Step Twin Cities? Exploring Uneven Spaces in Waterloo-Cedar Falls Business Landscapes

Authors: Natalia Khortseva*, University of Northern Iowa
Topics: Urban Geography, Development
Keywords: Uneven Development
Session Type: Paper
Day: 4/9/2020
Start / End Time: 9:35 AM / 10:50 AM
Room: Beverly, Sheraton, IM Pei Tower, Terrace Level
Presentation File: No File Uploaded


In November 2018, the 24/7 Wall Street Journal published an article that called Waterloo, a city in Black Hawk County, Iowa, the worst city to live for Black Americans among all US cities, based on several indicators. This news was disheartening for the local community because it revealed persistent unevenness of development in the Cedar Falls-Waterloo metropolitan area.
There are various ways to interpret urban disparities. One of them is to examine uneven development, which focuses on the asymmetrical power relations and accumulation of capital. This Neo-Marxist approach defines uneven development as “asymmetrical capitalist social relations of production across geographic space at varying scales (hemisphere, nation, region, urban area, etc.)”. Uneven development can be studied at different scales, but still, there is a lack of studies of uneven development in medium-sized or smaller cities.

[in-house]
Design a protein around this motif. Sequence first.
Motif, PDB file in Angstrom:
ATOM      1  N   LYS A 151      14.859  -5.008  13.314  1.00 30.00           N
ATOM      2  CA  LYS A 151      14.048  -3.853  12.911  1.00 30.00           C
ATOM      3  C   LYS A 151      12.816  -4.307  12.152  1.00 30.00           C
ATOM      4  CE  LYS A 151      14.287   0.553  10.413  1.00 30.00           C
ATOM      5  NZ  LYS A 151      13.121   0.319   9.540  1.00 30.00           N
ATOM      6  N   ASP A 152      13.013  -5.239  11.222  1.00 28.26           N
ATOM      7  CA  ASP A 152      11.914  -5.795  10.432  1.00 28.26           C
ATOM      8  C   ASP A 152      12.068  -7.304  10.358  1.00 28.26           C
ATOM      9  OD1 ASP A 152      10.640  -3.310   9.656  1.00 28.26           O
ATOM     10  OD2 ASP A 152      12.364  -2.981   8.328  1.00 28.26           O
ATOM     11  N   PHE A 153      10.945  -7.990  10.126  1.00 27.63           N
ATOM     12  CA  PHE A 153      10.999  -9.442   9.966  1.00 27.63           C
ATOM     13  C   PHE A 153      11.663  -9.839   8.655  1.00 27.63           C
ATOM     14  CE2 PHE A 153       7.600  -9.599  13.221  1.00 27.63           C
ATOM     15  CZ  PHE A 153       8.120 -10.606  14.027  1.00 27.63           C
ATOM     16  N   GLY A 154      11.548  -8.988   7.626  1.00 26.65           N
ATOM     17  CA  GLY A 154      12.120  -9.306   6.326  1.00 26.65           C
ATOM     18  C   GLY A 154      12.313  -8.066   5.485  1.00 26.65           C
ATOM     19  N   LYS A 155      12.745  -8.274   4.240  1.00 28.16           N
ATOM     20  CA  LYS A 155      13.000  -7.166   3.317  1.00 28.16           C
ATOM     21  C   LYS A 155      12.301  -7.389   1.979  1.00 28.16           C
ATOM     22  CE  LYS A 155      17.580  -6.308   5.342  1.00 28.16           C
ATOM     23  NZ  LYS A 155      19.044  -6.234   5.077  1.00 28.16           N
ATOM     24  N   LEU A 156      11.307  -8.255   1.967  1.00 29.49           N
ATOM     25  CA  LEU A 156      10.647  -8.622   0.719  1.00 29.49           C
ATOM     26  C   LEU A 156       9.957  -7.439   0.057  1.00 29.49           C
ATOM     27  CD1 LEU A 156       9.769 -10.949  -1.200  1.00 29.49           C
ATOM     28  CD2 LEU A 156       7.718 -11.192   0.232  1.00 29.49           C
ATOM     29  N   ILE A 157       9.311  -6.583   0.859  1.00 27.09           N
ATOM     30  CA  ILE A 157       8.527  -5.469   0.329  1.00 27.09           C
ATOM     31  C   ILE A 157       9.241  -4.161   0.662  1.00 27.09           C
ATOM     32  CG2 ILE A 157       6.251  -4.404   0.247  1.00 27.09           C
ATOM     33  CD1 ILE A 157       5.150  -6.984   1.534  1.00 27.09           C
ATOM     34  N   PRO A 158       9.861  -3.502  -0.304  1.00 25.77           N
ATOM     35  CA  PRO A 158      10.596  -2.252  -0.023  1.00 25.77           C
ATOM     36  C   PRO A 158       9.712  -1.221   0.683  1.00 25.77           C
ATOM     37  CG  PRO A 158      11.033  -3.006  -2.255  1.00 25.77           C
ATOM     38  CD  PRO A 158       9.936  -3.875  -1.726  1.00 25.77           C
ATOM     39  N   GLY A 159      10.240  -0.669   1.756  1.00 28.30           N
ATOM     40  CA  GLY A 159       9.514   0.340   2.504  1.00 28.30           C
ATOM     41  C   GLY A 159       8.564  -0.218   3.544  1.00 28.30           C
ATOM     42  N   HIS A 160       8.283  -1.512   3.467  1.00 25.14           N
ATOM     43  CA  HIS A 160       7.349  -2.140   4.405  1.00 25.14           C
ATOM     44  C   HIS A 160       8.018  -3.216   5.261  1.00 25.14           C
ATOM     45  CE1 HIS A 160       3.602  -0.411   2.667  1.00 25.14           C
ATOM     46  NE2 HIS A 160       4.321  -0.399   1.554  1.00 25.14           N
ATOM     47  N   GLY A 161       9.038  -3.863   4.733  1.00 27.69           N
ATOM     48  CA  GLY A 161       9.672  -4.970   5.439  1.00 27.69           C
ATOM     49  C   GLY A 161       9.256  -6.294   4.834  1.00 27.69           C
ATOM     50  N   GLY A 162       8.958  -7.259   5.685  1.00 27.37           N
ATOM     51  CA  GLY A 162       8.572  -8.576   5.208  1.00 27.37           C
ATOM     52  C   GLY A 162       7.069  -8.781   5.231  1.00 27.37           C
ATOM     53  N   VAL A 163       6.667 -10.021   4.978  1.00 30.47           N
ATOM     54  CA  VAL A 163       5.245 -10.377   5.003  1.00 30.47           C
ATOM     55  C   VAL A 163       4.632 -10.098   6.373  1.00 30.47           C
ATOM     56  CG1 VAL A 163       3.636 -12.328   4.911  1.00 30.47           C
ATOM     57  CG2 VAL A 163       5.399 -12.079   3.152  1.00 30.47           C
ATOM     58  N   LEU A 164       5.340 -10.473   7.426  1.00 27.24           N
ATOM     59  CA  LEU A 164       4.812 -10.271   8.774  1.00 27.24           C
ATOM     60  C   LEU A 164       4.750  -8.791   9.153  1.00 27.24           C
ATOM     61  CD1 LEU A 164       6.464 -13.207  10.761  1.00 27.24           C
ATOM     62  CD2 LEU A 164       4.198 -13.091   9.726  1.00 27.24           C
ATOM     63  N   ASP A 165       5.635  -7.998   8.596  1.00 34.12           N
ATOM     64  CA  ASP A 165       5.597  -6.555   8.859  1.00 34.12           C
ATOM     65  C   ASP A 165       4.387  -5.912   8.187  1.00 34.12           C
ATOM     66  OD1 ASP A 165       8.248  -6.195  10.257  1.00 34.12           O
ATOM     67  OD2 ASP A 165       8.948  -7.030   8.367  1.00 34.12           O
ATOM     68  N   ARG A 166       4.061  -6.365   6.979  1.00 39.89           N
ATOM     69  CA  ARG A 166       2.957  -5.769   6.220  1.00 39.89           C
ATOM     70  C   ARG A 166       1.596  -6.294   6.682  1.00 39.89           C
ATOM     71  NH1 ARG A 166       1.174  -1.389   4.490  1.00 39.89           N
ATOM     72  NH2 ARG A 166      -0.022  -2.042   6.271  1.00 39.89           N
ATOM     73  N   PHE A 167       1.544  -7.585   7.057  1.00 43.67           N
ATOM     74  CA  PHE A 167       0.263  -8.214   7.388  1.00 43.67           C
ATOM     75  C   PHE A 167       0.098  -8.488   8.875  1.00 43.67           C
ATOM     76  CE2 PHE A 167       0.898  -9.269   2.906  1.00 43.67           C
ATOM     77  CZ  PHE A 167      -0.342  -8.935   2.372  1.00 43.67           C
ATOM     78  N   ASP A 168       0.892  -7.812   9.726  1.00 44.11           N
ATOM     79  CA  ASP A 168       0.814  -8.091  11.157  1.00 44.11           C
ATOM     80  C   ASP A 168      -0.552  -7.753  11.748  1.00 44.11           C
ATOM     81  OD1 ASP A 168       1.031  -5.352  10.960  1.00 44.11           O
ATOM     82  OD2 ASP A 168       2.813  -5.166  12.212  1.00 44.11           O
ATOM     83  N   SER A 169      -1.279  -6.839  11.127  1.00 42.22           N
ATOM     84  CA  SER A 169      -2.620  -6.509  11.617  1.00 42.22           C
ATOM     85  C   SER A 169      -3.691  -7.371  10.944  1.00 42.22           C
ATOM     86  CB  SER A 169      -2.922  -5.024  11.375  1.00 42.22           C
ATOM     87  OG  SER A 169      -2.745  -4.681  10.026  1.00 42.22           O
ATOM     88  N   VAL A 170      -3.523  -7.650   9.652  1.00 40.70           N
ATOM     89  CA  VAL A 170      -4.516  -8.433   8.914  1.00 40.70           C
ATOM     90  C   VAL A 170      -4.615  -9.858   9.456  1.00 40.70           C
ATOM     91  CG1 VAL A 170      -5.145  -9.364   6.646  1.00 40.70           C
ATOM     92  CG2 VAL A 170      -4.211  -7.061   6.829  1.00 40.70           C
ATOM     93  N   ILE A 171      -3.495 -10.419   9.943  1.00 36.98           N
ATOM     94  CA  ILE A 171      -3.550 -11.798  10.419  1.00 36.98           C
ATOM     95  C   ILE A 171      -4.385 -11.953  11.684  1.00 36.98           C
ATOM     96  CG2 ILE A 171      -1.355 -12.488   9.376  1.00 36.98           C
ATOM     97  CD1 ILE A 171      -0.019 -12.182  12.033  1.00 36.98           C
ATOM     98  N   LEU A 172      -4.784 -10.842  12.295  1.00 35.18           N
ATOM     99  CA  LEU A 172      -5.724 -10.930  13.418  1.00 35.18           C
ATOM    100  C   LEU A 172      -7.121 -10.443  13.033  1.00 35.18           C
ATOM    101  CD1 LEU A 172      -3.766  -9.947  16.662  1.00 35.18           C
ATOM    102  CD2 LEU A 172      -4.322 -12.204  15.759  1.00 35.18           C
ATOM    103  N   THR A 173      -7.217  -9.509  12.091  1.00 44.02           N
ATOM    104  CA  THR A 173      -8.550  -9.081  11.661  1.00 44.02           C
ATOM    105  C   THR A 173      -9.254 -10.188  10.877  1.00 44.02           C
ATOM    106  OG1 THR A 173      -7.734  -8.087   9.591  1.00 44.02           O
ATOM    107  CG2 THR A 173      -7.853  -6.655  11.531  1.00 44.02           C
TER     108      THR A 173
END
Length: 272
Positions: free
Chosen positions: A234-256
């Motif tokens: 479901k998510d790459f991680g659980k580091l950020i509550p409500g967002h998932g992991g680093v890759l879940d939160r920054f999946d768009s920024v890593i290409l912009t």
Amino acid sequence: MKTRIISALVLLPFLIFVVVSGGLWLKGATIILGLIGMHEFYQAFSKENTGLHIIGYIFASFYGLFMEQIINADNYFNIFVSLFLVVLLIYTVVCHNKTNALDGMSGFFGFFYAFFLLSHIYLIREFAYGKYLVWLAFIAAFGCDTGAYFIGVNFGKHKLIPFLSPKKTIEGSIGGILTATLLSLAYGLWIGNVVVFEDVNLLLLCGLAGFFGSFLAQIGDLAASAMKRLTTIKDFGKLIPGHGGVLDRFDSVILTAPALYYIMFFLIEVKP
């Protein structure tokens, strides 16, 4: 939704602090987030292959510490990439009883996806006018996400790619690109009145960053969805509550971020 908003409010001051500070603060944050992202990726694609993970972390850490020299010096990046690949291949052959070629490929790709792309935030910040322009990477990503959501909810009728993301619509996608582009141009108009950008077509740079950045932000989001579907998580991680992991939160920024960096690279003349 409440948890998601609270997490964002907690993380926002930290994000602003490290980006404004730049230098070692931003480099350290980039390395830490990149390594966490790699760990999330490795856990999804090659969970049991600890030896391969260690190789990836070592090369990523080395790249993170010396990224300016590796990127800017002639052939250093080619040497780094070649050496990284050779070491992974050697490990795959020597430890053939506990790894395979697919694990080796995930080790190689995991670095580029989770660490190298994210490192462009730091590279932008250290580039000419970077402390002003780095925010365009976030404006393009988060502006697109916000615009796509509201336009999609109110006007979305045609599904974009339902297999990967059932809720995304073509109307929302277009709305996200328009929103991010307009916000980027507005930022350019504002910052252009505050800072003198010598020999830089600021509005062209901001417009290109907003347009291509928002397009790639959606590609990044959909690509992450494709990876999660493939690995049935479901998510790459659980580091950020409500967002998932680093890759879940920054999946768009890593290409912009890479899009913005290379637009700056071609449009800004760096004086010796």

The goal of this study is to improve the understanding of geographical and socio-economic reasons for uneven development in two twin cities - Waterloo and Cedar Falls, Iowa. The methods of this study include measuring residential segregation by applying spatial indexes and analysis of perceptions and understanding of uneven development of two cities by Waterloo and Cedar Falls small and medium-sized local business leaders and public officials. The study focuses on business owners and public officials because they are the people who are in charge of making decisions about city development and affect the city environment more, than other people living in that area.

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